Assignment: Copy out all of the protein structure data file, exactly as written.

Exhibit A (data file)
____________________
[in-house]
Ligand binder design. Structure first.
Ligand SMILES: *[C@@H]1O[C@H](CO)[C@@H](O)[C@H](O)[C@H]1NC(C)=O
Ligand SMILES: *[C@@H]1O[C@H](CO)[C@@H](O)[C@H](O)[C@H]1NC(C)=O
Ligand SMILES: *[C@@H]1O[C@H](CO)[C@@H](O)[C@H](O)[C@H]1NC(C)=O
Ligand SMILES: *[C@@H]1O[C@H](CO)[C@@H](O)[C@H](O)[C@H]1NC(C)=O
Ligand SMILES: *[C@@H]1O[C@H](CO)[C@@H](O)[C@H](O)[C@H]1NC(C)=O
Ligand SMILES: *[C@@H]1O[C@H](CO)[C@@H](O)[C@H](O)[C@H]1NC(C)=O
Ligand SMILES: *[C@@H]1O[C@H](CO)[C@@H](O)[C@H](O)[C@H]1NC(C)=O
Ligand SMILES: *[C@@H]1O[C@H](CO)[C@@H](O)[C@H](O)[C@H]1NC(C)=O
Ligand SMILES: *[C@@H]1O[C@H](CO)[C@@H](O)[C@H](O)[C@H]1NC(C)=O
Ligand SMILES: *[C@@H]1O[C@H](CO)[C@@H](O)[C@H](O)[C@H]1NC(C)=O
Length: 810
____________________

[in-house]
Ligand binder design. Structure first.
Ligand SMILES: *[C@@H]1O[C@H](CO)[C@@H](O)[C@H](O)[C@H]1NC(C)=O
Ligand SMILES: *[C@@H]1O[C@H](CO)[C@@H](O)[C@H](O)[C@H]1NC(C)=O
Ligand SMILES: *[C@@H]1O[C@H](CO)[C@@H](O)[C@H](O)[C@H]1NC(C)=O
Ligand SMILES: *[C@@H]1O[C@H](CO)[C@@H](O)[C@H](O)[C@H]1NC(C)=O
Ligand SMILES: *[C@@H]1O[C@H](CO)[C@@H](O)[C@H](O)[C@H]1NC(C)=O
Ligand SMILES: *[C@@H]1O[C@H](CO)[C@@H](O)[C@H](O)[C@H]1NC(C)=O
Ligand SMILES: *[C@@H]1O[C@H](CO)[C@@H](O)[C@H](O)[C@H]1NC(C)=O
Ligand SMILES: *[C@@H]1O[C@H](CO)[C@@H](O)[C@H](O)[C@H]1NC(C)=O
Ligand SMILES: *[C@@H]1O[C@H](CO)[C@@H](O)[C@H](O)[C@H]1NC(C)=O
Ligand SMILES: *[C@@H]1O[C@H](CO)[C@@H](O)[C@H](O)[C@H]1NC(C)=O
Length: 810